How is the site protected/secured, and in what ways is it accessible to the public?
Phase I. Iolani Barracks (or Hale Koa) is open to the public Monday through Saturday. Phase II. Iolani Palace is open for public tours Monday through Saturday. Tickets located in Hale Koa. Both buildings are secured, manned during operating hours, and locked after hours. For further information, visit: www.iolanipalace.org
Who is the present owner of the site(s)?
State of Hawaii
What is the historical significance of the work (its technological, scientific, or social importance)?
A king's foresight and achievement, one who was fascinated with technology in the world stage, traveled thousands of nautical miles to visit the International Exposition of Electricity in Paris as part of his World Tours on August 15, 1881, then met with the inventor of the light bulb in New York City on September 26, 1881 only 2 years after the invention, spent his own funds for the electric lighting project at Iolani Palace, resulted in 325 incandescent lights illuminating the interior of the Iolani Palace in early June of 1887--four years before the White House had electric lighting. The Center of Honolulu was lighted by electric lights on March 23, 1888. The king's action inspired the technical industry and accelerated implementation of the new technology in the Kingdom of Hawaii then and the State of Hawaii today.
What obstacles (technical, political, geographic) needed to be overcome?
Geographic challenge was a major issue for the isolated Kingdom of Hawaii in the Pacific, more than 2,556 nautical miles from the west coast and another 2,600 nautical miles between coast to coast on the mainland. Further constraint by delivery time, longer duration for shipping of materials & supplies, import of skilled laborers and technical personnel, plus long-distance communications between Hawaii and New York. Today, Hawaii is separated from the east coast through 6 (?) different time zones.
What features set this work apart from similar achievements?
A king's pioneer work in bringing electric lighting to Iolani Palace in early June 0f 1887 and to the Kingdom of Hawaii 4 years ahead of the White House. This also created Hawaiian Electric Company. Iolani Palace is the one and only palace in the United States today and a registered National Historic Landmark. When the Milestone Award is approved, IEEE can open doors for a world renown historic landmark to educate the general public, international visitors and world-wide audience how Hawaii championed Electric Lighting years ahead of many other cities outside the Northeastern part of the United States.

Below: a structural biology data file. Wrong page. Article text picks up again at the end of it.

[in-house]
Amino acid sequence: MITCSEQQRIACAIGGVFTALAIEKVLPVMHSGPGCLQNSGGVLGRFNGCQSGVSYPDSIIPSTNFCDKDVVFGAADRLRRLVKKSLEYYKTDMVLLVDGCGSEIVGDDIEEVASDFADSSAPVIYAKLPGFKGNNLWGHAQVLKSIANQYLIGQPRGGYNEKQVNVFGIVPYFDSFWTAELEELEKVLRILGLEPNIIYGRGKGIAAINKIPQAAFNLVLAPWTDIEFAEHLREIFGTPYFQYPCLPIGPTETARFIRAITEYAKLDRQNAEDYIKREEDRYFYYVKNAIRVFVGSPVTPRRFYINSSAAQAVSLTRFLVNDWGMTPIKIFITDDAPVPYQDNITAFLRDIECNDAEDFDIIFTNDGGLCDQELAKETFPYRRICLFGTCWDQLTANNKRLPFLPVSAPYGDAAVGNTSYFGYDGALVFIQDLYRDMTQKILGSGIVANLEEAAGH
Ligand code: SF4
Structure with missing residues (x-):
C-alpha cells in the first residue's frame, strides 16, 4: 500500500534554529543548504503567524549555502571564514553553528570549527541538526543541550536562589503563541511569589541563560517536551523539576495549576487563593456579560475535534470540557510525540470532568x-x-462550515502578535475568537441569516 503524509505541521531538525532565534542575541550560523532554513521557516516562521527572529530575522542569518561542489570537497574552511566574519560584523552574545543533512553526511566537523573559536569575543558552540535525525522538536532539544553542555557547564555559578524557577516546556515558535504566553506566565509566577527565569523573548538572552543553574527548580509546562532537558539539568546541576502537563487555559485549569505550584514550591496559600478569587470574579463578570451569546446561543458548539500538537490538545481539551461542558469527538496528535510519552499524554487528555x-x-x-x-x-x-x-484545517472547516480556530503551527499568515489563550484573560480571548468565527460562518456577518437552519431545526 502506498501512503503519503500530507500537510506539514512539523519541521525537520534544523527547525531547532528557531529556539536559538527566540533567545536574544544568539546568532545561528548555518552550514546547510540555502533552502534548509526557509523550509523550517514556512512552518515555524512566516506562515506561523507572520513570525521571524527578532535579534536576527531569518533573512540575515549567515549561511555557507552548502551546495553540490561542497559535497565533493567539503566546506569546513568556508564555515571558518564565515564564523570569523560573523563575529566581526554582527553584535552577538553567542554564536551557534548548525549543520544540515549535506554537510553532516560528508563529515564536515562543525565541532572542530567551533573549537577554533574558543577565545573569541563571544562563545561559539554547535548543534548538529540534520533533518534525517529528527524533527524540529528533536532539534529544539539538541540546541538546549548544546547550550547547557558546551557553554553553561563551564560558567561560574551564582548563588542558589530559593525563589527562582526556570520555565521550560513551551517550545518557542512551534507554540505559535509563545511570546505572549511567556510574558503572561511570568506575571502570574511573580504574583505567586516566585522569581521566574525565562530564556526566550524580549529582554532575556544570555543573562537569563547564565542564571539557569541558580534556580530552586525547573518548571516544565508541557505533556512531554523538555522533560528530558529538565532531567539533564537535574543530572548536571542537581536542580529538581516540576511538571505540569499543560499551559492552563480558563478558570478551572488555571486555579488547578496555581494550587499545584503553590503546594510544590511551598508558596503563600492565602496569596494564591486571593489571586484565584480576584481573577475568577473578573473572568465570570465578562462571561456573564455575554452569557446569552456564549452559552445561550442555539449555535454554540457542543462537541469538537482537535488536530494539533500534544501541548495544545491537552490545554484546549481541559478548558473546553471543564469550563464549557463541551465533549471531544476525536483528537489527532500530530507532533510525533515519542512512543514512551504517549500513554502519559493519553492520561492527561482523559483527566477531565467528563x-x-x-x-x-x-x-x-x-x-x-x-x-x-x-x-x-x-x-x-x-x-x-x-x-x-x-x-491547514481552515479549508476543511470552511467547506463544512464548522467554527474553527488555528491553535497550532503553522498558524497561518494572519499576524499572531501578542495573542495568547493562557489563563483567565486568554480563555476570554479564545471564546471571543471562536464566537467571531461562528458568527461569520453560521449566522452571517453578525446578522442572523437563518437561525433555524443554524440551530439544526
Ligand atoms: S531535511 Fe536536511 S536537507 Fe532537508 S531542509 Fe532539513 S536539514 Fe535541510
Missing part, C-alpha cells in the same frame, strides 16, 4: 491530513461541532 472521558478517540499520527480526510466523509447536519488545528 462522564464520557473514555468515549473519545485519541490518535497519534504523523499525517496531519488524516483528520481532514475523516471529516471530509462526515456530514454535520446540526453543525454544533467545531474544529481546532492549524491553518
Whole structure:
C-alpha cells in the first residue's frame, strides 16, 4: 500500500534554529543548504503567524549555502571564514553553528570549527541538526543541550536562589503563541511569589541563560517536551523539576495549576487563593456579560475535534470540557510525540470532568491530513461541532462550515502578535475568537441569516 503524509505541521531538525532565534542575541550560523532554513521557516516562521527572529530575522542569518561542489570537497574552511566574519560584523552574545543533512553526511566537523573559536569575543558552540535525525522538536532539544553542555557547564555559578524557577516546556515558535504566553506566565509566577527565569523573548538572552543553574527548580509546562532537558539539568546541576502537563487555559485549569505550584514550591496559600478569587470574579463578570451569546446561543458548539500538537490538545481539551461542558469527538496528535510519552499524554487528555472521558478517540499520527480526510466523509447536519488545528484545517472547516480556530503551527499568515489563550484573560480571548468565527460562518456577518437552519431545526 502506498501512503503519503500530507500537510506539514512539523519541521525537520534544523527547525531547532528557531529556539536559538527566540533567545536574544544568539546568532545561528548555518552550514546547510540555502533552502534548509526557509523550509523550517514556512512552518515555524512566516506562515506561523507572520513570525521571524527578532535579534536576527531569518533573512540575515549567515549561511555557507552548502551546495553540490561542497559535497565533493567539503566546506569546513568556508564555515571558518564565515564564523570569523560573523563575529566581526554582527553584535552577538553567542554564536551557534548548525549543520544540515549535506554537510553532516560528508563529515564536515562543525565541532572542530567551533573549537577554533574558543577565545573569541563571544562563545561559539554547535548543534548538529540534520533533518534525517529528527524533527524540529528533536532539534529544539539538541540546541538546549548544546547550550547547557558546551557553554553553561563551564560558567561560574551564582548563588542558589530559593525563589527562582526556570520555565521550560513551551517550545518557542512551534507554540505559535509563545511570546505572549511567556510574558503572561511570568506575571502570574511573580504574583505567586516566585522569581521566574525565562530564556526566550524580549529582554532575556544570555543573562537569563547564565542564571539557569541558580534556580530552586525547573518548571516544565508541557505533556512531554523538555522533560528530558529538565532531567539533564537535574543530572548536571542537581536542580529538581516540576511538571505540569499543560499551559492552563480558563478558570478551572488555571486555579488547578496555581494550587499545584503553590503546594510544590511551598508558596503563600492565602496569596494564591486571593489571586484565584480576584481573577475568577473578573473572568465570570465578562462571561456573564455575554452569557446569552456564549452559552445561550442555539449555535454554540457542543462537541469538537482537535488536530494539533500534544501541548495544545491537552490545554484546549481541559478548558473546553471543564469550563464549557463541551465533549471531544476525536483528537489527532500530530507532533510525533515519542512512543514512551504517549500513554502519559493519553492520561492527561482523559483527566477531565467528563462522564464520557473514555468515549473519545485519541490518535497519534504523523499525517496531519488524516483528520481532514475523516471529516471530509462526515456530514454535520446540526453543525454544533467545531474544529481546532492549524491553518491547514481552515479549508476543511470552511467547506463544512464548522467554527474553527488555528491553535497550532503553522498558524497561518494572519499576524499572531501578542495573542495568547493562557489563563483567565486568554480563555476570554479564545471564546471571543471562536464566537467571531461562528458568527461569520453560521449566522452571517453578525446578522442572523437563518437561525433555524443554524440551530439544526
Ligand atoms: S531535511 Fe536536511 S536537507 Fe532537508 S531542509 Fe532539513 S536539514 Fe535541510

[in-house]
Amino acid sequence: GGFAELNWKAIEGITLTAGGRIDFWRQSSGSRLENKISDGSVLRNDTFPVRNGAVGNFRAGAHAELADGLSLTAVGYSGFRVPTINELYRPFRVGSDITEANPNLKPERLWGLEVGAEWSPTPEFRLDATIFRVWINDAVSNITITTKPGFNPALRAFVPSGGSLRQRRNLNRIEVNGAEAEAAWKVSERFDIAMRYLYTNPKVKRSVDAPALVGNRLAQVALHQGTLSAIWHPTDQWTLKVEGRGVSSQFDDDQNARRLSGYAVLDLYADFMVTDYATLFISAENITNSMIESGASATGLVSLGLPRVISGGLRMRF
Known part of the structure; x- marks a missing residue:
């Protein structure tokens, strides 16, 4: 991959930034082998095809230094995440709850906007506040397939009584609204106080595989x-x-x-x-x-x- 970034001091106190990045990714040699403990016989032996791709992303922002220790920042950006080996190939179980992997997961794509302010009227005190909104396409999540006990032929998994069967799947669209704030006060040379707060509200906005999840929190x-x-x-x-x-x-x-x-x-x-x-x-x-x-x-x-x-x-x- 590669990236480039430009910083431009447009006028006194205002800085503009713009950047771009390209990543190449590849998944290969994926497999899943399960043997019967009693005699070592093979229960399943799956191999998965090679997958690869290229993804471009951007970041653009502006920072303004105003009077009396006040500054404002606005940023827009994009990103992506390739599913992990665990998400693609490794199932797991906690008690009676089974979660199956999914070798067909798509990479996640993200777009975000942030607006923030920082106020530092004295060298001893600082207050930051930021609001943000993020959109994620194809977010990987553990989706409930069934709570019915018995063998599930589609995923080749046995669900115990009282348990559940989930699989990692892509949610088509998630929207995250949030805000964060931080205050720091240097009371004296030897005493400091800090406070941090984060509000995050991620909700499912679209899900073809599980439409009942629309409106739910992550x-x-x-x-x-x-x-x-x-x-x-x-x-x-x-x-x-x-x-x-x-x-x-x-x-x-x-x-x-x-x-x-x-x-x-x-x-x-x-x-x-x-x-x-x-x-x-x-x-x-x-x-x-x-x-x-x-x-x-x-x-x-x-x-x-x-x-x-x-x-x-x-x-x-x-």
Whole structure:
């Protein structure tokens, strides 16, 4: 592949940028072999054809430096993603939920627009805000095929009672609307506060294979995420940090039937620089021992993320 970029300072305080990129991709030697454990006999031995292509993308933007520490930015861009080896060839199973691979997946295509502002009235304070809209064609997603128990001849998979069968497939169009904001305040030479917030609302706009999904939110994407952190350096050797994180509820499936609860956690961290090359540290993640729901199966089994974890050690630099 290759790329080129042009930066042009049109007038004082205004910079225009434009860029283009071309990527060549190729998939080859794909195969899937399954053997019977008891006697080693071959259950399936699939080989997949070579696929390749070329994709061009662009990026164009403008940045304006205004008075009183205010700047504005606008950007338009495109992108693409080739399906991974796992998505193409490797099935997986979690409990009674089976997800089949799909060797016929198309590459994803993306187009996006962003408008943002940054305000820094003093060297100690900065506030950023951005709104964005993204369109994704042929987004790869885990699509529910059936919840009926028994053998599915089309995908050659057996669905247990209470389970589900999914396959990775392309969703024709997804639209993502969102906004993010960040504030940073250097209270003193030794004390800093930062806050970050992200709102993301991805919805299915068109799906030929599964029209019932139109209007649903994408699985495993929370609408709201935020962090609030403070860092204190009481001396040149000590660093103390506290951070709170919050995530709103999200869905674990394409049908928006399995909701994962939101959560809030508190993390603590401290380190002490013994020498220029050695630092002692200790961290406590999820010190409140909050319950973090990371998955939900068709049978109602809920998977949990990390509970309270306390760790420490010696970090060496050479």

Supporting texts and citations to establish the dates, location, and importance of the achievement: Minimum of five (5), but as many as needed to support the milestone, such as patents, contemporary newspaper articles, journal articles, or chapters in scholarly books. 'Scholarly' is defined as peer-reviewed, with references, and published. You must supply the texts or excerpts themselves, not just the references. At least one of the references must be from a scholarly book or journal article. All supporting materials must be in English, or accompanied by an English translation.
Supporting materials (supported formats: GIF, JPEG, PNG, PDF, DOC): All supporting materials must be in English, or if not in English, accompanied by an English translation. You must supply the texts or excerpts themselves, not just the references. For documents that are copyright-encumbered, or which you do not have rights to post, email the documents themselves to firstname.lastname@example.org. Please see the Milestone Program Guidelines for more information.
Please email a jpeg or PDF a letter in English, or with English translation, from the site owner(s) giving permission to place IEEE milestone plaque on the property, and a letter (or forwarded email) from the appropriate Section Chair supporting the Milestone application to email@example.com with the subject line "Attention: Milestone Administrator." Note that there are multiple texts of the letter depending on whether an IEEE organizational unit other than the section will be paying for the plaque(s).